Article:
By Jared Dudley
On May 4th, 2021, the Los Angeles Public Library hosted and live-streamed a mini-concert performance by The Linda Lindas. The punk rock band, an all-girl group with band members ranging from 11 to 17 years old, played high-energy tunes about their pet cat, being stuck at home and a character from The Babysitters Club book series.
The Linda Linda’s sound and look are immediately recognizable to anyone familiar with riot grrl, a feminist punk movement originating in the early 1990s. Their music channels the catchy beats of a Le Tigre song while 14-year-old Eloise Wong’s vocals have a snarling bite to them which would feel right at home in a playlist comprised of Bikini Kill and Sleater-Kinney tracks.
Near the end of their show, drummer Mila de la Garza, who was just ten years old at the time of the performance, introduced the last originally written song: “A little while before went into lockdown, a boy in my class came up to me and said that his dad told him to stay away from Chinese people… Eloise and I wrote this song based on that experience.”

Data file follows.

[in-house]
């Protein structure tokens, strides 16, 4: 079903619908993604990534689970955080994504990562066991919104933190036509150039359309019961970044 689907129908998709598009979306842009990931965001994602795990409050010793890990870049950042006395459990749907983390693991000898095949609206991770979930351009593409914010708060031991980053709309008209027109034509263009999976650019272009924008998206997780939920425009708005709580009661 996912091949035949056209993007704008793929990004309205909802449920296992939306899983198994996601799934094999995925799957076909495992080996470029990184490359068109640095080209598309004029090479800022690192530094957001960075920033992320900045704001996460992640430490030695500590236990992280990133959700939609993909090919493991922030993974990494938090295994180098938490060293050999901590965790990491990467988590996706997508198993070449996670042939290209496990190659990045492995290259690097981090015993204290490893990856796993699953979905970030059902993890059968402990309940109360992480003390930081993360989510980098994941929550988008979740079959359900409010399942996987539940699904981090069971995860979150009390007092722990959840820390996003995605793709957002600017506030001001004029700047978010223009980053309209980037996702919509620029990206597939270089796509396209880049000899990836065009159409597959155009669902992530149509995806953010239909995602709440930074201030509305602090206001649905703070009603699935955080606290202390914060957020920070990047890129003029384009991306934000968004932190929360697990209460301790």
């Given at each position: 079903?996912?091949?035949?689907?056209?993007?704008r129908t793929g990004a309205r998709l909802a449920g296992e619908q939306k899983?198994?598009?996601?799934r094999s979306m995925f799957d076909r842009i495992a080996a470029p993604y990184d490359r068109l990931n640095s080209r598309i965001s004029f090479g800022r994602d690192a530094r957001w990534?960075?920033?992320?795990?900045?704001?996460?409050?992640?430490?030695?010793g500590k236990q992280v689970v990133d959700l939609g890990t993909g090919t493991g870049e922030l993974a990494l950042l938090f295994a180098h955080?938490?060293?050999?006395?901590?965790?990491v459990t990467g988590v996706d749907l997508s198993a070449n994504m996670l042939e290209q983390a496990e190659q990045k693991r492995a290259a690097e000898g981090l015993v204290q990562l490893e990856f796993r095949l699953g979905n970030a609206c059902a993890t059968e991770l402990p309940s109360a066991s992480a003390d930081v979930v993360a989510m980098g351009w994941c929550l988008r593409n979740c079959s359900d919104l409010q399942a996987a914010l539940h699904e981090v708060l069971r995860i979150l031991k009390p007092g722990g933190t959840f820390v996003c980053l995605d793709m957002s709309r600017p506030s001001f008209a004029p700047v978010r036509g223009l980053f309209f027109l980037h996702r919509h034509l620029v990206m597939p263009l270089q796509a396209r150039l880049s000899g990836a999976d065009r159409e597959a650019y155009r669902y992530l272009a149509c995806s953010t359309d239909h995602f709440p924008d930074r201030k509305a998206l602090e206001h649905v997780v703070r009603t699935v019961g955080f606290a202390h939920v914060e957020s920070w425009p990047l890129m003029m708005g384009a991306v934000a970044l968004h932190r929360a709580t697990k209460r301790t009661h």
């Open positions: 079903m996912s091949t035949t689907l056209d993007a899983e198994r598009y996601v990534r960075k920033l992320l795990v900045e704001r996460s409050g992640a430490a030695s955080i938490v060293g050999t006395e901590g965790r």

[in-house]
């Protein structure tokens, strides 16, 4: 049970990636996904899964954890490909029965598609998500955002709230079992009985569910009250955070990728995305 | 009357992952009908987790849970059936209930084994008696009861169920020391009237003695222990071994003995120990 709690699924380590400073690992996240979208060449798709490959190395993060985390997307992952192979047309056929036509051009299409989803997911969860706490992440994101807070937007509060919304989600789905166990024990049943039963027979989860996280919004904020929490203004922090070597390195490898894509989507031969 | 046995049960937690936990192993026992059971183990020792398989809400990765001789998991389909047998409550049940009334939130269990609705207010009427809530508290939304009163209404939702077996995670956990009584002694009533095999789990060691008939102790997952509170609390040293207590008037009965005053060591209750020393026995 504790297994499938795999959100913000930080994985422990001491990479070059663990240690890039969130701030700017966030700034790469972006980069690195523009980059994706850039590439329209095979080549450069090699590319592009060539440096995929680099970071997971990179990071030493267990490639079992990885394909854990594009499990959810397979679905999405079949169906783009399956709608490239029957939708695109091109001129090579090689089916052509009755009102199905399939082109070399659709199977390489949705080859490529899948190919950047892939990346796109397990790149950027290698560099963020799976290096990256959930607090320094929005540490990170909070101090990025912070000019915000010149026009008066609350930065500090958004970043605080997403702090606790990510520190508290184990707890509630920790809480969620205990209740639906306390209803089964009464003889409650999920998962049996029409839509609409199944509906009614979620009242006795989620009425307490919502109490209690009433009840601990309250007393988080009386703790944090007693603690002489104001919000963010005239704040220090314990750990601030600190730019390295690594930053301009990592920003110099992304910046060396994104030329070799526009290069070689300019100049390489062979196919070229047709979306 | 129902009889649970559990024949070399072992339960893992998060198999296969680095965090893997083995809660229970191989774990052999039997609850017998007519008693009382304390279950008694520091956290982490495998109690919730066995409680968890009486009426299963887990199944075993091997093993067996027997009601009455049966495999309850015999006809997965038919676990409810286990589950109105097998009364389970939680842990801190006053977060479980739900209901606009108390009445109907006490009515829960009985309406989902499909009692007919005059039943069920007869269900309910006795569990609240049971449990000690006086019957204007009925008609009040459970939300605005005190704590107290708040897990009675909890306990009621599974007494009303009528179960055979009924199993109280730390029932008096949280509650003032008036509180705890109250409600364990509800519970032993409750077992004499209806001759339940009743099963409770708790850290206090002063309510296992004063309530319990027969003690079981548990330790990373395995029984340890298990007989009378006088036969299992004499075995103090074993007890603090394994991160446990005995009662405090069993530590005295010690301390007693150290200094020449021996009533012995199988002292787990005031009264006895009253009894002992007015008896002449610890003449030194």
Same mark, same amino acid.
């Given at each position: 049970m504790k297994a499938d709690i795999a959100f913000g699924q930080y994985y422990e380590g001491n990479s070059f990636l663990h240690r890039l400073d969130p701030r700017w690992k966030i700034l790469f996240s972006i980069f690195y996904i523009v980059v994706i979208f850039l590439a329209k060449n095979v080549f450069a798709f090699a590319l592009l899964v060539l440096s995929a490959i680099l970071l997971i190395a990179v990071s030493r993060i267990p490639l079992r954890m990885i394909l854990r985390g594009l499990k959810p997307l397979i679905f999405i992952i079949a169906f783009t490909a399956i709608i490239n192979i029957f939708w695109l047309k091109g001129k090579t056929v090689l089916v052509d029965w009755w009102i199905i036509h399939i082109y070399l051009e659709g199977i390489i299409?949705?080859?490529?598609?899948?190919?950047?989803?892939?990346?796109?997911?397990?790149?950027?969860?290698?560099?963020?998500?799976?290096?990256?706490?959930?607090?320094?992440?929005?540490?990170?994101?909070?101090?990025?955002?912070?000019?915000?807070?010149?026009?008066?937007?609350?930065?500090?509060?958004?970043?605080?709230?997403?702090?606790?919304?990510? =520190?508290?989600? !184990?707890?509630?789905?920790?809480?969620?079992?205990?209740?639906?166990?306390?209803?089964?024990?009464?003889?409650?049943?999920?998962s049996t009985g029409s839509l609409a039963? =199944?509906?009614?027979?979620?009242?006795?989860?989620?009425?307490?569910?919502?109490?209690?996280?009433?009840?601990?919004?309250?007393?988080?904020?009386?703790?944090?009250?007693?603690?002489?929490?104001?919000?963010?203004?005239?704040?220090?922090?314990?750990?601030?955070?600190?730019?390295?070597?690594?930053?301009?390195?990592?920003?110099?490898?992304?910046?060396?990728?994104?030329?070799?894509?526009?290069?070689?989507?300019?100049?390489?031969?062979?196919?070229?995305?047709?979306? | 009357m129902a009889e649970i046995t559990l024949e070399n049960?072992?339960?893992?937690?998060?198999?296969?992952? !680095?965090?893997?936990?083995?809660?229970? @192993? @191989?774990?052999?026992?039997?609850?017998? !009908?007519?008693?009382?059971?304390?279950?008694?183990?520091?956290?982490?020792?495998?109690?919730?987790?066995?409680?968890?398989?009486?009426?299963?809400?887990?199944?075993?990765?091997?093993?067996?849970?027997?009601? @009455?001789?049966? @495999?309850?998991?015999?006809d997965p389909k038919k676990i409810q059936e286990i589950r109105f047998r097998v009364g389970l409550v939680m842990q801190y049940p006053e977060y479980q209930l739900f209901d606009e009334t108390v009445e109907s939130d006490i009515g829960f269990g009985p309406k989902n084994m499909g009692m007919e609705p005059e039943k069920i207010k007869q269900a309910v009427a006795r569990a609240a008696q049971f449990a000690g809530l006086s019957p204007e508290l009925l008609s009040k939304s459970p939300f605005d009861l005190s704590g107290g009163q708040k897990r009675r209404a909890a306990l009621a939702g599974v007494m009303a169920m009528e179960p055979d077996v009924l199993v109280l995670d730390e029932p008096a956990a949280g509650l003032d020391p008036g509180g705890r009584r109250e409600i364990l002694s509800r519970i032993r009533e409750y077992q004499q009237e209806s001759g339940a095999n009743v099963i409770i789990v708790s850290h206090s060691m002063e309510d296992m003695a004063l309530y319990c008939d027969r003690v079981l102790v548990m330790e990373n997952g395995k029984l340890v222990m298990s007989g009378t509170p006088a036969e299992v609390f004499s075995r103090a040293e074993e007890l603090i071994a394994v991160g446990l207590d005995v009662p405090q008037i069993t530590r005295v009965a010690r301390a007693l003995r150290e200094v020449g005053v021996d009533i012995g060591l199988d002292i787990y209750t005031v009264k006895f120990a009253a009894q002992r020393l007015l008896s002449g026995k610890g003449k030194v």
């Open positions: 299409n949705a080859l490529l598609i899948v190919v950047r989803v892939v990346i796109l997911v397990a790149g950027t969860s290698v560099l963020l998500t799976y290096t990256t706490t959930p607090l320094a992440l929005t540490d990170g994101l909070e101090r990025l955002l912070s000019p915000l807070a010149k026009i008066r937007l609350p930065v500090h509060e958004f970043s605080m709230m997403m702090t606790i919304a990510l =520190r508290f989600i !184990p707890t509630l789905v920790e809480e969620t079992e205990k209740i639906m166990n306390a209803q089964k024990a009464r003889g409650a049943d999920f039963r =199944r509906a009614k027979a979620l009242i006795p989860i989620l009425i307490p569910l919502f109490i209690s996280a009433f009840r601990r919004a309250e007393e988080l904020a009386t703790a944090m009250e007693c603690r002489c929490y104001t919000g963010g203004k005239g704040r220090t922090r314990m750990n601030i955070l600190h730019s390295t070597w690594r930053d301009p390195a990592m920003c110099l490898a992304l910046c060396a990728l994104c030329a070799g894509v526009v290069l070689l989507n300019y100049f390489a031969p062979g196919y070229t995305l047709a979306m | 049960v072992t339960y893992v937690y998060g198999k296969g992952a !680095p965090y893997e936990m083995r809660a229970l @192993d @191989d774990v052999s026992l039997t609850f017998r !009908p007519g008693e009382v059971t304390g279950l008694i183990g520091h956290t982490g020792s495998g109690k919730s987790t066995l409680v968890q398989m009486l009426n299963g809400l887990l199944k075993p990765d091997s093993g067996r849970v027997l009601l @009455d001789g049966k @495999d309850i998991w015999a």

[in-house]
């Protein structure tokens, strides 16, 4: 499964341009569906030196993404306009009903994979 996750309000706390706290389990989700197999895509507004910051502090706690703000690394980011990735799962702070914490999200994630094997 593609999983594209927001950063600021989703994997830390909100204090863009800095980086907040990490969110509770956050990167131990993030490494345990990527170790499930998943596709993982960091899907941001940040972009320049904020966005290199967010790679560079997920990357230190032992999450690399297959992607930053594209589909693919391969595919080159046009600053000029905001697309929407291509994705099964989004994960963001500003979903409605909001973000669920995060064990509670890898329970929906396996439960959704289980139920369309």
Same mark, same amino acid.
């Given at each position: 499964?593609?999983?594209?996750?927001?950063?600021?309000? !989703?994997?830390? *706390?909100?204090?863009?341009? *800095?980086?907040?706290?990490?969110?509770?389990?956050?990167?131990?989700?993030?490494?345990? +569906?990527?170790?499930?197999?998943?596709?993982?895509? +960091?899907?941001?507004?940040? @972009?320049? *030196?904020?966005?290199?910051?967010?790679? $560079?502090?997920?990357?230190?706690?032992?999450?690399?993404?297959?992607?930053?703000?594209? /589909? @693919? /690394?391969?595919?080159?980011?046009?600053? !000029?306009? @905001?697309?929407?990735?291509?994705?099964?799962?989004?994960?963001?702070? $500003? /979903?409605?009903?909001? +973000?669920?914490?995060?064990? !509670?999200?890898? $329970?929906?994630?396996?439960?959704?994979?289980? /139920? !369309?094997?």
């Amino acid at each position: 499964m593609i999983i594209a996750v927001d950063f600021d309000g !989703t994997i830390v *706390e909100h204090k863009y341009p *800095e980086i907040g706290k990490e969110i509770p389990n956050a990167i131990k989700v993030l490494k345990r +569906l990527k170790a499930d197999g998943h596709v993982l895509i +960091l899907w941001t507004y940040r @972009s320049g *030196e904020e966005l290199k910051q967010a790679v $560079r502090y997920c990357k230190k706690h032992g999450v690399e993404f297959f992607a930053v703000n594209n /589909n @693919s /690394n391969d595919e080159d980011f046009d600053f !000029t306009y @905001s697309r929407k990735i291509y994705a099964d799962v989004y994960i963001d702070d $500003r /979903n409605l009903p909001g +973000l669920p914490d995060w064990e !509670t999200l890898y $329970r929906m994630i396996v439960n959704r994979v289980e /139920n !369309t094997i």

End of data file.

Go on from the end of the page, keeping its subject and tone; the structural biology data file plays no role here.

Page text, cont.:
What follows is “Racist, Sexist Boy,” a heavy, slow-moving track that is blunt and unapologetic in its anger. Like the feminist punk bands of old, The Linda Lindas make it clear they are not afraid to write songs about the marginalization they experience in their day-to-day lives.
While many songs from the riot grrl renaissance are highly explicit and purposefully try to elicit discomfort in the listener, “Racist, Sexist Boy” remains fun and positive despite the subject matter. Even after many listens, it remains hard not to laugh and nod my head to the beat when insults like “blockhead”, “poser” and “jerkface” are yelled into the microphone.
Despite being torn down by a classmate’s learned bigotry, The Linda Lindas promise to “rebuild what [he] destroys.” The performance of the song went viral on the library’s YouTube page, and the massive influx of attention had The Linda Lindas going from playing intimate punk venues to late night television shows.
Nearly a year later, The Linda Lindas are preparing to release their debut album Growing Up, coming out on April 8th. Guitarist, and Mila’s older sister, Lucia de la Garza says the goal with the album is to “make sure our music has a positive influence, and that we keep bringing attention to what is happening in the world.”
Since their performance of “Racist, Sexist Boy,” the band has moved to the forefront of the modern feminist rock movement. The combination of their youth and heritage has made them a symbol for not just school-age musicians, but established artists as well.
“They’re incredibly talented and adorable and have wonderful things to say,” said Bethany Cosentino of rock duo Best Coast. “They make me feel hopeful. They have an energy that maybe the world will be a better place.”
Featured Image by The Linda Lindas.